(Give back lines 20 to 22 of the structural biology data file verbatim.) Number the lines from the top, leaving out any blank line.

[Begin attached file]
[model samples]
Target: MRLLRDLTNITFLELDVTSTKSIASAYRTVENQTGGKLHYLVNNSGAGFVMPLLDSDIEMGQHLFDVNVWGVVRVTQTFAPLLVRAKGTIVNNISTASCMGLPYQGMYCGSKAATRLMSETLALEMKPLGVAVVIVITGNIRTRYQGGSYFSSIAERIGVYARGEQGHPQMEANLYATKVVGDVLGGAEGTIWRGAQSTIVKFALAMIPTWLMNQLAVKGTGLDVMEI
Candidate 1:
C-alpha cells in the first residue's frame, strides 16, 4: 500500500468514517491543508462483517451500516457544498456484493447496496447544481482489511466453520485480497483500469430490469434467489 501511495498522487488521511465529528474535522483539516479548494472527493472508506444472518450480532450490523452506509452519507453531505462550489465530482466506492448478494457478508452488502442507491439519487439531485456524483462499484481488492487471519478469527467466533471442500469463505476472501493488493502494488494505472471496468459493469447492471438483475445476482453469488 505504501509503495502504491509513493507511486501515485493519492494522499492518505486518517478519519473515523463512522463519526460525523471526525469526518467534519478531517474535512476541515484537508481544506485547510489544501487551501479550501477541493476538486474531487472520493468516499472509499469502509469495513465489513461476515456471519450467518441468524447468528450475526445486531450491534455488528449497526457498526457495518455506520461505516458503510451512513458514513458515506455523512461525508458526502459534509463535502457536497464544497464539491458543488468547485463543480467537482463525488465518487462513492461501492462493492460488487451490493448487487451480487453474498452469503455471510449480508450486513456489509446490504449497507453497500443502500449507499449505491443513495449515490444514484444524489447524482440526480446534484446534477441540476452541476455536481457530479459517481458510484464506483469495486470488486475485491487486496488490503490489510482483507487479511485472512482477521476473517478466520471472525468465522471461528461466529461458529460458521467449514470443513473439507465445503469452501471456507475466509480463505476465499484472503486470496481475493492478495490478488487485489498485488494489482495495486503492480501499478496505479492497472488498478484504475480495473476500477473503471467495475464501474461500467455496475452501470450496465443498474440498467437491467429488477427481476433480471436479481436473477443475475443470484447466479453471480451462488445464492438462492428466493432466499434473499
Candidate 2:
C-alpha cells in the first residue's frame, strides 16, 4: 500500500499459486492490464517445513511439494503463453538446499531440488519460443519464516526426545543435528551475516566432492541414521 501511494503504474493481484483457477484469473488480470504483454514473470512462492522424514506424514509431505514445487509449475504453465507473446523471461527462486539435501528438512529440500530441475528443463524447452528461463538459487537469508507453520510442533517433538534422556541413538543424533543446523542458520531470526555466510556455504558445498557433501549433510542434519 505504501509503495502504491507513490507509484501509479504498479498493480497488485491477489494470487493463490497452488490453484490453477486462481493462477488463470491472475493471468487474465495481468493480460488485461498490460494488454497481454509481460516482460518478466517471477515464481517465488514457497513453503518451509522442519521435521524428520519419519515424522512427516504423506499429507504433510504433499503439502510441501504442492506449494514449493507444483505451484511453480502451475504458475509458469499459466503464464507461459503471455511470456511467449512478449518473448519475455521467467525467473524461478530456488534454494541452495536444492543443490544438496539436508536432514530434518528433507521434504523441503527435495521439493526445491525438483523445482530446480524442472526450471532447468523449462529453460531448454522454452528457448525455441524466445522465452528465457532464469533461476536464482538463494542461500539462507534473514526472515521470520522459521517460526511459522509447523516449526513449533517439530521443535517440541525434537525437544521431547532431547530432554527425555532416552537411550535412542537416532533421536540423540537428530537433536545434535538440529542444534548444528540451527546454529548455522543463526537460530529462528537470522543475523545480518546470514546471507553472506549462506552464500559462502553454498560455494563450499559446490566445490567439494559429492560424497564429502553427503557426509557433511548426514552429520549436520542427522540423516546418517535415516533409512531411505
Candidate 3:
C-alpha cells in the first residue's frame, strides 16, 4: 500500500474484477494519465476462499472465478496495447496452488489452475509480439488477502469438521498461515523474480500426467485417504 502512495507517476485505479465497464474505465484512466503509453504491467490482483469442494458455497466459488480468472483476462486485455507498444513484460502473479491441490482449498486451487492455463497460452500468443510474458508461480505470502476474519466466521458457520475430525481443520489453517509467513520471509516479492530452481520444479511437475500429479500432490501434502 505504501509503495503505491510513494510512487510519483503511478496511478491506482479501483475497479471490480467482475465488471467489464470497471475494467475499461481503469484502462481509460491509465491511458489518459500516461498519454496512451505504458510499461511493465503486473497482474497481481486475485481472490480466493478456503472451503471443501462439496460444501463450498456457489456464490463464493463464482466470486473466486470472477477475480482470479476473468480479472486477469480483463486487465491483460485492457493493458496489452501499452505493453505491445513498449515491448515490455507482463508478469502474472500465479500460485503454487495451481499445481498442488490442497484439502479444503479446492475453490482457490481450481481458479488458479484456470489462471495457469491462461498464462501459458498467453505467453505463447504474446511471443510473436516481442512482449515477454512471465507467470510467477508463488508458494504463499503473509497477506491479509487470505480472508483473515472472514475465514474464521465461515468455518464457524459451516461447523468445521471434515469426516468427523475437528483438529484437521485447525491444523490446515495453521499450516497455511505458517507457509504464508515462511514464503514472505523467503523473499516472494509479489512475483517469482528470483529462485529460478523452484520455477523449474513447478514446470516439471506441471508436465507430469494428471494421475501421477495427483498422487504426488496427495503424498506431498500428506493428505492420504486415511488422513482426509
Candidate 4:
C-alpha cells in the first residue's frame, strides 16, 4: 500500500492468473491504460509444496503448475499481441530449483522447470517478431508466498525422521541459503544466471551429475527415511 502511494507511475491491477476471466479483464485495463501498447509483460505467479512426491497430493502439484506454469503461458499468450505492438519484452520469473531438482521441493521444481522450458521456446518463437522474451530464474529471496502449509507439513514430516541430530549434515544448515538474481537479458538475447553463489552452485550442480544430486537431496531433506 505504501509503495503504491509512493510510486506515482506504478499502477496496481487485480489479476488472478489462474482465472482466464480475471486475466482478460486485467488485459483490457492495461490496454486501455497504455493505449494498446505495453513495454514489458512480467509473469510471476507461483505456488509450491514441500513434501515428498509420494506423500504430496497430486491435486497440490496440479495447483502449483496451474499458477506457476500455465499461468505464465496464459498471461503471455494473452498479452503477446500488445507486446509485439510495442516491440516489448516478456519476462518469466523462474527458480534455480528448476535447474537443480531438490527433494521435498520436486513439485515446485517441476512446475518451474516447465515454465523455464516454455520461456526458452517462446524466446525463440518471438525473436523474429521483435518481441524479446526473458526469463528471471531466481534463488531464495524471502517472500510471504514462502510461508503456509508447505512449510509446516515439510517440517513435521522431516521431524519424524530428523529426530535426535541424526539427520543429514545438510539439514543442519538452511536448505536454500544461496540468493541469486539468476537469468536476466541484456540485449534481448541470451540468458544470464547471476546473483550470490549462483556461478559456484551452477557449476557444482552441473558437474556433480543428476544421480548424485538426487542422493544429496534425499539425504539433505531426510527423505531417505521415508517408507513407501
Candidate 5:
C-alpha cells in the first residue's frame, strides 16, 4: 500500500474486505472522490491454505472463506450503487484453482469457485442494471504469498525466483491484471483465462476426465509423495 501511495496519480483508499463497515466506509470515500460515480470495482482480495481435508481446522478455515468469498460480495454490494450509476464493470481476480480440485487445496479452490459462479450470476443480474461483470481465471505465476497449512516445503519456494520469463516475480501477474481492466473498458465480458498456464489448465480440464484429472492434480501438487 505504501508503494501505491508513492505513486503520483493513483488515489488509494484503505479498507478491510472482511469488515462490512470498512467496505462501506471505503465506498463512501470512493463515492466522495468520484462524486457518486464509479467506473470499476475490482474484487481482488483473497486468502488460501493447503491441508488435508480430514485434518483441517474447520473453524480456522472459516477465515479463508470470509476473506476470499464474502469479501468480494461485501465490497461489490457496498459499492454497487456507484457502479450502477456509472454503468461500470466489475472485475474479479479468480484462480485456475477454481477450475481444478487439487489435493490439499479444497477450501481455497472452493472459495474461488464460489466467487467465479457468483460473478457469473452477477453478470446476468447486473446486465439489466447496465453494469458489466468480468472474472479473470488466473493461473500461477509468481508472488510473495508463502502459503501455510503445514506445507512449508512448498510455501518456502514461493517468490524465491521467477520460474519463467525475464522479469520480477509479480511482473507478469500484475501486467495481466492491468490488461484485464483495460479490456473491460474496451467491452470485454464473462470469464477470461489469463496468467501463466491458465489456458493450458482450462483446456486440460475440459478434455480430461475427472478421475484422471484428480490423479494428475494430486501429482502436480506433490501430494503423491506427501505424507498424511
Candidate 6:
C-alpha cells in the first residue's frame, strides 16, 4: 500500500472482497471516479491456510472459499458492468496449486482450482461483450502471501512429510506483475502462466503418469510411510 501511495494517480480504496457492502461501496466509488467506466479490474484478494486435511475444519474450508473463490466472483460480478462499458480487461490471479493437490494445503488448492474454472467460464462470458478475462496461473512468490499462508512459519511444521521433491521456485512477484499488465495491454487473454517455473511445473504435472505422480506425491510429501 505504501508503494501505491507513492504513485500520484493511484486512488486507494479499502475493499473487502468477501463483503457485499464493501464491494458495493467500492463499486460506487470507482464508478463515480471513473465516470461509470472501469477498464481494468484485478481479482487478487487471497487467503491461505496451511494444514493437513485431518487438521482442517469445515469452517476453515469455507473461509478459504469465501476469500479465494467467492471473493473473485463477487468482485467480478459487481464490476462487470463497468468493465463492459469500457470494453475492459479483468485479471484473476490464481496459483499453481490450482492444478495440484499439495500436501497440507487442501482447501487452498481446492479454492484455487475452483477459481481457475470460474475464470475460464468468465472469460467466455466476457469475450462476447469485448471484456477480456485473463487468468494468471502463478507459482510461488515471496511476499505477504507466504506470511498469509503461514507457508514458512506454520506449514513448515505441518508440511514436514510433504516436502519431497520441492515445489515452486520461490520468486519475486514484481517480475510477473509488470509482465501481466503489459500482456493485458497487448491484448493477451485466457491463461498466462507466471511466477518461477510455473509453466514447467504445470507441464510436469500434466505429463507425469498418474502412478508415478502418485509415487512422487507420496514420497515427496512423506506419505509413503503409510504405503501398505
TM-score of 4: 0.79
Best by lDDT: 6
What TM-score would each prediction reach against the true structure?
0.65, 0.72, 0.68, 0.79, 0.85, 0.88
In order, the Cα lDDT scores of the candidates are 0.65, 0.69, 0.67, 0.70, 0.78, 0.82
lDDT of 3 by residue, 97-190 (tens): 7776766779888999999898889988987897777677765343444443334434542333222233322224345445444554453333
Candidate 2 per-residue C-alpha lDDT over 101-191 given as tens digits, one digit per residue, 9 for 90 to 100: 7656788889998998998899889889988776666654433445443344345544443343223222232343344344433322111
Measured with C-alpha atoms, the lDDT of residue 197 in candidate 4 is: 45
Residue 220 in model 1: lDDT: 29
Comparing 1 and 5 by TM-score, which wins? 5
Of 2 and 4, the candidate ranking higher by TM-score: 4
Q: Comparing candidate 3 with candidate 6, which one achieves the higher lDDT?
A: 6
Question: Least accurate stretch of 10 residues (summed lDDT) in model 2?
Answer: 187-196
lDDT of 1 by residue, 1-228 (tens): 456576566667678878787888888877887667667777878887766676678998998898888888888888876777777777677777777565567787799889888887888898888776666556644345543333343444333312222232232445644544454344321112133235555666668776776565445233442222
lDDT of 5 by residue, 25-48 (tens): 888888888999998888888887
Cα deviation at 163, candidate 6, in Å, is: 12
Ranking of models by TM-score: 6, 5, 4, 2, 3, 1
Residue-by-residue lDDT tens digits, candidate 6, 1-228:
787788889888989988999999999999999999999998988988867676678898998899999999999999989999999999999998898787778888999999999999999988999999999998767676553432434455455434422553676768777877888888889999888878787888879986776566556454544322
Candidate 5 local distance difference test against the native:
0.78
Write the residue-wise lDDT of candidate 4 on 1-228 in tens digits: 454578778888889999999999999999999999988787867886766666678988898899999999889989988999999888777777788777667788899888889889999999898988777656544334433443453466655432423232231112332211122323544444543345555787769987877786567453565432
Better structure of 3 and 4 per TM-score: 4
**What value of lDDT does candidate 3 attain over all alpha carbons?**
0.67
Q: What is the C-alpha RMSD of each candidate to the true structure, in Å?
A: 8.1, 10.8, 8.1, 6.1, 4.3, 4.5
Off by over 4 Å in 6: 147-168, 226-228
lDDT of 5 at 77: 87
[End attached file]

lDDT of 3 by residue, 97-190 (tens): 7776766779888999999898889988987897777677765343444443334434542333222233322224345445444554453333
Candidate 2 per-residue C-alpha lDDT over 101-191 given as tens digits, one digit per residue, 9 for 90 to 100: 7656788889998998998899889889988776666654433445443344345544443343223222232343344344433322111
Measured with C-alpha atoms, the lDDT of residue 197 in candidate 4 is: 45